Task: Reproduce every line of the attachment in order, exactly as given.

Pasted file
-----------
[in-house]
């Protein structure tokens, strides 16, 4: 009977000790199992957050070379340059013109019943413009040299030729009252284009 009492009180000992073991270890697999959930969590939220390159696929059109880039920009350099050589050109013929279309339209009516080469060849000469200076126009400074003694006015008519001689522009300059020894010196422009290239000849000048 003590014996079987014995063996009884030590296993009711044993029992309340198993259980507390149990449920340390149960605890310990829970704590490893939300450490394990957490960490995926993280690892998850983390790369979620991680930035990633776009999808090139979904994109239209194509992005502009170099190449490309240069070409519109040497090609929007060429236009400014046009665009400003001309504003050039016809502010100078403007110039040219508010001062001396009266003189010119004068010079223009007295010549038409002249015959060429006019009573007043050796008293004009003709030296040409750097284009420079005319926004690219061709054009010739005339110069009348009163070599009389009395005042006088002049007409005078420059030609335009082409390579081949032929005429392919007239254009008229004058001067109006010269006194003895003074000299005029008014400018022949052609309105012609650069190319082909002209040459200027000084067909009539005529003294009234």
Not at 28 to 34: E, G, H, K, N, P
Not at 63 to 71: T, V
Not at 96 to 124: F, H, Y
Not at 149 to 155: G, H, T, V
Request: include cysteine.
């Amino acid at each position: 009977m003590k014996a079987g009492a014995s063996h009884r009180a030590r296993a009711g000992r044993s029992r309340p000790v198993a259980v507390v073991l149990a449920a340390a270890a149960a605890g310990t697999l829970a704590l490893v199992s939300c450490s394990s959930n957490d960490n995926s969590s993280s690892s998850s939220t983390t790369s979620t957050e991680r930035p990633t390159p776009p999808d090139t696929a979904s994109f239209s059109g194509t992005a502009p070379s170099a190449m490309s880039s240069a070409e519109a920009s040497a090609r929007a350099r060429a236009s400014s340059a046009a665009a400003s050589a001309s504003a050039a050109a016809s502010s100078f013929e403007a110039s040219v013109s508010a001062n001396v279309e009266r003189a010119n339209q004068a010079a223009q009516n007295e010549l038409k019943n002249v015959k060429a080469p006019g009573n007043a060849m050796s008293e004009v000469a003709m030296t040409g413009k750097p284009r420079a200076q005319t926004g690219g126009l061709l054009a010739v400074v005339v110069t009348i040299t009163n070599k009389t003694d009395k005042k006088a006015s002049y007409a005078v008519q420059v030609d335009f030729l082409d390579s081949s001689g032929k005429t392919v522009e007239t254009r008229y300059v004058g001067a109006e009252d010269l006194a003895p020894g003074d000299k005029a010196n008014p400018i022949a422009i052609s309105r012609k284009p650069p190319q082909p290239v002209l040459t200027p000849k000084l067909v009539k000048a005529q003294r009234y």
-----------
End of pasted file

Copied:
[in-house]
């Protein structure tokens, strides 16, 4: 009977000790199992957050070379340059013109019943413009040299030729009252284009 009492009180000992073991270890697999959930969590939220390159696929059109880039920009350099050589050109013929279309339209009516080469060849000469200076126009400074003694006015008519001689522009300059020894010196422009290239000849000048 003590014996079987014995063996009884030590296993009711044993029992309340198993259980507390149990449920340390149960605890310990829970704590490893939300450490394990957490960490995926993280690892998850983390790369979620991680930035990633776009999808090139979904994109239209194509992005502009170099190449490309240069070409519109040497090609929007060429236009400014046009665009400003001309504003050039016809502010100078403007110039040219508010001062001396009266003189010119004068010079223009007295010549038409002249015959060429006019009573007043050796008293004009003709030296040409750097284009420079005319926004690219061709054009010739005339110069009348009163070599009389009395005042006088002049007409005078420059030609335009082409390579081949032929005429392919007239254009008229004058001067109006010269006194003895003074000299005029008014400018022949052609309105012609650069190319082909002209040459200027000084067909009539005529003294009234």
Not at 28 to 34: E, G, H, K, N, P
Not at 63 to 71: T, V
Not at 96 to 124: F, H, Y
Not at 149 to 155: G, H, T, V
Request: include cysteine.
């Amino acid at each position: 009977m003590k014996a079987g009492a014995s063996h009884r009180a030590r296993a009711g000992r044993s029992r309340p000790v198993a259980v507390v073991l149990a449920a340390a270890a149960a605890g310990t697999l829970a704590l490893v199992s939300c450490s394990s959930n957490d960490n995926s969590s993280s690892s998850s939220t983390t790369s979620t957050e991680r930035p990633t390159p776009p999808d090139t696929a979904s994109f239209s059109g194509t992005a502009p070379s170099a190449m490309s880039s240069a070409e519109a920009s040497a090609r929007a350099r060429a236009s400014s340059a046009a665009a400003s050589a001309s504003a050039a050109a016809s502010s100078f013929e403007a110039s040219v013109s508010a001062n001396v279309e009266r003189a010119n339209q004068a010079a223009q009516n007295e010549l038409k019943n002249v015959k060429a080469p006019g009573n007043a060849m050796s008293e004009v000469a003709m030296t040409g413009k750097p284009r420079a200076q005319t926004g690219g126009l061709l054009a010739v400074v005339v110069t009348i040299t009163n070599k009389t003694d009395k005042k006088a006015s002049y007409a005078v008519q420059v030609d335009f030729l082409d390579s081949s001689g032929k005429t392919v522009e007239t254009r008229y300059v004058g001067a109006e009252d010269l006194a003895p020894g003074d000299k005029a010196n008014p400018i022949a422009i052609s309105r012609k284009p650069p190319q082909p290239v002209l040459t200027p000849k000084l067909v009539k000048a005529q003294r009234y």